Wal-Mart Background Mission Vision Today essay

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16; Wilbert, 2006, p. 2)

Strategic process, planning and decision making

As confirmed by Lee Scot's words regarding the aggressive strategy followed by each Wal-Mart store (Mohideen, 2009, p. 9), even if general stream planning and decision making is still largely centralized, being undertaken at the Wal-Mart Headquarters in Arkansas (for elements such as type of products to be sold, stores to be opened or closed, financial results and objectives, etc.), for issues regarding how to battle the local competition and better respond to customer needs, planning and decision making takes place at store level, as mentioned before in the "Functions and roles of managers" chapter.

Managing by objectives is a very much used practice within Wal-Mart, regional objectives being cascaded to store level. As is to be expected, the number one objective at store level and beyond is to reduce costs as much as possible.

Human Resource Management is still largely based on the ideas of its founder regarding the relationship between the employees and the organization.

Consequently, all Wal-Mart employees, from the executive level down to the clerks, are being called "Associates."

The relationship between the employees and Wal-Mart is based upon respect, close communication, high expectation and efficient incentives. The associates receive a significant degree of autonomy and they also receive continuous feedback regarding their performance within the company and regarding the operations of the stores (Wal-Mart, 2009).

Changes at Wal-Mart and adapting to the 21st century

Even against its size, Wal-Mart has demonstrated its capacity to change and adapt in a world dynamic environment. This has been proven by the various technical inventions and initiatives undertaken through the years (e.g. The implementation of the bar code systems= and continues today through the environmental sustainability actions taken by the company once such elements became of high importance both for social but also economic and politic purposes. Another change was necessary to be undertaken by the company in its strive for globalization, where adapting its culture to the local reality was a must (e.g. modification of its customer greeting practices or renouncing to the "Morning Cheer" in countries such as China or Germany, etc.) (Towers, 2004, p. 5-8).

Communication at Wal-Mart

Today, it is widely known that Wal-Mart has been confronted with important communication and PR problems, as its brand has been taking public hits for years, even being the cause of public websites exclusively dedicated to criticize it, such as www.wakeupwalmart.com.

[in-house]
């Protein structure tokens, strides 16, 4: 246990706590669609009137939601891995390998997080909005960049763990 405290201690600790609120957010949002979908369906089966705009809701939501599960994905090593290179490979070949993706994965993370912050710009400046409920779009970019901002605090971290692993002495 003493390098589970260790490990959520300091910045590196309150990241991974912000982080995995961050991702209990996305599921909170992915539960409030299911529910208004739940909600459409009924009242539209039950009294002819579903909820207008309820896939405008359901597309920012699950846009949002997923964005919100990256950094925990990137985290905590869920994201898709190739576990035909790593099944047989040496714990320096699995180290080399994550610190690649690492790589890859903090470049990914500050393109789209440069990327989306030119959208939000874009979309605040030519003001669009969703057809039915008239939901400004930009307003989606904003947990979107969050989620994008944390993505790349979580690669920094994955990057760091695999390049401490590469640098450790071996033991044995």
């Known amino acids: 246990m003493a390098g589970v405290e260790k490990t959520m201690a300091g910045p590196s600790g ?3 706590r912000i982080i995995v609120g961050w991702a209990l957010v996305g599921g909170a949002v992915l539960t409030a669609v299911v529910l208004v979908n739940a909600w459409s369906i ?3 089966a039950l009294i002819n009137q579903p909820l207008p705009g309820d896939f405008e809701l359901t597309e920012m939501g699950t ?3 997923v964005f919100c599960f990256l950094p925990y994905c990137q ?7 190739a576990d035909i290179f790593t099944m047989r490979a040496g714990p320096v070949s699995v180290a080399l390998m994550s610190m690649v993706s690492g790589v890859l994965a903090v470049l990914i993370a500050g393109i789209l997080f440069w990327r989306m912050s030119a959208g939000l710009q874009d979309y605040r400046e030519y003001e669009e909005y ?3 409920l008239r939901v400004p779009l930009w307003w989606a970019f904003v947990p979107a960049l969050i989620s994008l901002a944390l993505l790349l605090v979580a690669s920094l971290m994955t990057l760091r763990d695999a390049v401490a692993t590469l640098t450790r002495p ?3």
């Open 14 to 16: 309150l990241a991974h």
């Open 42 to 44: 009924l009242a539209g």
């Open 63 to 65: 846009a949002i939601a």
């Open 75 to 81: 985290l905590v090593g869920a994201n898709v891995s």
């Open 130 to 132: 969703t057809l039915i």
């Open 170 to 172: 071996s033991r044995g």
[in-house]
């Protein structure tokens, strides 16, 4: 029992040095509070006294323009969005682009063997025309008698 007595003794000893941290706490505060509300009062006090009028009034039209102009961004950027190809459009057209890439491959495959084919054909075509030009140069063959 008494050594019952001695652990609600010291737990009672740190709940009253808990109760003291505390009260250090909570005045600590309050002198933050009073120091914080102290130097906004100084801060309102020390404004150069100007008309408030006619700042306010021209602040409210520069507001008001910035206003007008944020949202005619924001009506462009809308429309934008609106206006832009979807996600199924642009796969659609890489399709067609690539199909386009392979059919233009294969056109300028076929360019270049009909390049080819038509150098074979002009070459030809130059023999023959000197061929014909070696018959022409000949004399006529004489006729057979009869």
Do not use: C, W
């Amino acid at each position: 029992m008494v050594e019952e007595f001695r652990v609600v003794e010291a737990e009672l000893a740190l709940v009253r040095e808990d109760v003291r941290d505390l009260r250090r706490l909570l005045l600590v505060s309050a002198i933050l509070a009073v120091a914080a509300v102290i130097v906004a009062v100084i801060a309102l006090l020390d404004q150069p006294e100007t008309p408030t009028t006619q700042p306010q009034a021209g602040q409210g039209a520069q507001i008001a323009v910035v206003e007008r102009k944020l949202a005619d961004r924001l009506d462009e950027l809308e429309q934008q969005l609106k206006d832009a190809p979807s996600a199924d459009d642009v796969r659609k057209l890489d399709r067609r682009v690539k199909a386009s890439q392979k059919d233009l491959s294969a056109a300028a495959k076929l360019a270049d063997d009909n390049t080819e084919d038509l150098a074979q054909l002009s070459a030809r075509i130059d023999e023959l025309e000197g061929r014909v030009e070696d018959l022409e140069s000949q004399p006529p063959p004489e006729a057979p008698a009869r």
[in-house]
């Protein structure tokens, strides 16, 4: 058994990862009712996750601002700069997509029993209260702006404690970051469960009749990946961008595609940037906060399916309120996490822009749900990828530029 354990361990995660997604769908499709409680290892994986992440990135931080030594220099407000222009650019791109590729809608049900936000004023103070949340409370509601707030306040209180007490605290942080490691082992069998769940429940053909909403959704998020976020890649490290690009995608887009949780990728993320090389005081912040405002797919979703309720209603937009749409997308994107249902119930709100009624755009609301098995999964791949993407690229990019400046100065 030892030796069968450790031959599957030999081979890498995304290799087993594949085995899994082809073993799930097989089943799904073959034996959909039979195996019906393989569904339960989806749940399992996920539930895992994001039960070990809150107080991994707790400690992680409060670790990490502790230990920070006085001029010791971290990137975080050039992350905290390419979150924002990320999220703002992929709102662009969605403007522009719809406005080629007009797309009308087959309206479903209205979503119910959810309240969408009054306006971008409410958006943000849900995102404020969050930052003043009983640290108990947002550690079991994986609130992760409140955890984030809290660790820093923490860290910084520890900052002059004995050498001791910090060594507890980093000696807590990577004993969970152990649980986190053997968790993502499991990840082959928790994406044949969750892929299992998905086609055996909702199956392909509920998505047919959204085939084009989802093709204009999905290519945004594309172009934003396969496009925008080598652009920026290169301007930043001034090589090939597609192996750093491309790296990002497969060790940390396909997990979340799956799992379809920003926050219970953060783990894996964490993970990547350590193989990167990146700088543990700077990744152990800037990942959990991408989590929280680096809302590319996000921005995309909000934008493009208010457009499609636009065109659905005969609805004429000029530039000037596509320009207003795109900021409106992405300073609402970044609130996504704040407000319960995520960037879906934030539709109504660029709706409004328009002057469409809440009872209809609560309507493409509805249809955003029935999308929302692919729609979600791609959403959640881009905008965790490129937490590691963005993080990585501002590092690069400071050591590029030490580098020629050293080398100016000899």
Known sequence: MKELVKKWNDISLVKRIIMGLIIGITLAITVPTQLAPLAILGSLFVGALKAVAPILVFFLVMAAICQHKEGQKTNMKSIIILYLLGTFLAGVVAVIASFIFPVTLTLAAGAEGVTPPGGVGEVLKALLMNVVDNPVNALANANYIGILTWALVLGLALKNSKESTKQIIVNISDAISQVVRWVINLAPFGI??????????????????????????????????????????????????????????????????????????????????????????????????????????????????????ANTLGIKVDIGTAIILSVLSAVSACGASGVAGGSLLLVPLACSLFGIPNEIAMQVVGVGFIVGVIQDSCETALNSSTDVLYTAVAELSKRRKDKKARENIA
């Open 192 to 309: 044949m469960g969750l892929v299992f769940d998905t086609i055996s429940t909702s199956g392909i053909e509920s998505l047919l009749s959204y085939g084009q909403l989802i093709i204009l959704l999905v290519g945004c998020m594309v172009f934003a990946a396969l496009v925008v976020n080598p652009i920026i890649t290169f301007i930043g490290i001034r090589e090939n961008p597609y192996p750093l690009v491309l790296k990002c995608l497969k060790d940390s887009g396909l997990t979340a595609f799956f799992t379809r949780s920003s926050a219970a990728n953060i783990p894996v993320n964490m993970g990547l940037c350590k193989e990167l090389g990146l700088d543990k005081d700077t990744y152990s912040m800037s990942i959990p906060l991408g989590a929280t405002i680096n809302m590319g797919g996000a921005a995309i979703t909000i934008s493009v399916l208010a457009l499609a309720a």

Millions of critical posting regarding the company, some of it fair and some not, are mostly due to the poor communication strategy undertaken by the company in the past decade. As Wal-mart ignored criticism (related mostly to its hiring practices unfair to minorities and their terrible track record of promoting and hiring women) until it reached the boiling point, and media reports had appeared about possible illegal operations of surveillance within Wal-Mart, the company finally took the decision to respond. Nevertheless, it was a bit too late. Right or wrong, the company has seen its image declining in front of millions of Americans due to its lack of pro-activity in communicating with its stakeholders… (Adubato, 2008)

From a financial point-of-view, Walmart's seems nevertheless to have its affairs straight, as its average annual total revenue growth was a little more than 10% for the three years from fiscal year ending January 2006 to the fiscal year ending January 2008. Its net sales increased in the fiscal year ending January 2009 by 6.8%, to the level of $255.7 billion, while the segment operating income grew slightly more, 7.1% to $18.8 billion. Its International operations registered consistent growth, with segment sales growing with 9.1% to $98.6 billion, while segment operating income rising 4.6% to $4.9 billions (Wal-Mart, 2009)


Adubato, S. (2008), Why Wal-Mart's Communication Fell Short, Caucus Educational Corporation, retrieved November 18th 2009 from Caucus website, at http://www.caucusnj.org/adubato/starledger/2008/052708.asp

Carmichael, E. (2008), Motivation and Strategies for Entrepreneurs, Lesson #1: Motivate Your Workers, retrieved November 18th 2009 from Mr. Carmichael website, at http://www.evancarmichael.com/Famous-Entrepreneurs/591/Lesson-1-Motivate-Your-Workers.html

Klinger, M., Tweraser, S., (NA), Motivating front line staff for bottom line results, McKinsey, retrieved November 20th 2009 from McKinsey website, at http://www.mckinsey.com/practices/retail/knowledge/articles/Motivatingfrontlinestaff.pdf

Mohideen, A. (2009), Wal-Mart, A Corporate Giant or a Corporate Beast? (PowerPoint Slides), retrieved November 19th 2009 from AuthorStream website, at http://www.authorstream.com/Presentation/akmohideen-193472-wal-mart-case-study-education-ppt-powerpoint/

Pereira, M., (2002). Case Study on Wal-Mart Stores Inc., The Graduate School of Political Management, George Washington University; Washington DC, retrieved November 18th 2009 from Mike Pereira's webpage at http://mike-pereira.com/subpage/docs/Wal-Mart.htm

Saporito, B. (1994, May 2). And the winner is still . . . Wal-Mart. Fortune, p. 62-68.

Towers, D. (2004), Wal-Mart: a Glocalised company, Jean Moulin University, Lyon, France, retrieved November 17th 2009 from David Towers' website, at http://www.towers.fr/essays/Wal-Mart%20a%20Glocalised%20company.pdf

Wal-Mart Inc., (2009). Annual Report - 2009, retrieved November 19th 2009 from Wal-Mart website, at http://walmartstores.com/sites/AnnualReport/2009/making.html

Wal-Mart Stores Investor Relations website, retrieved November 20th 2009 from http://investors.walmartstores.com

Wilbert, C. (2006).…[continue]

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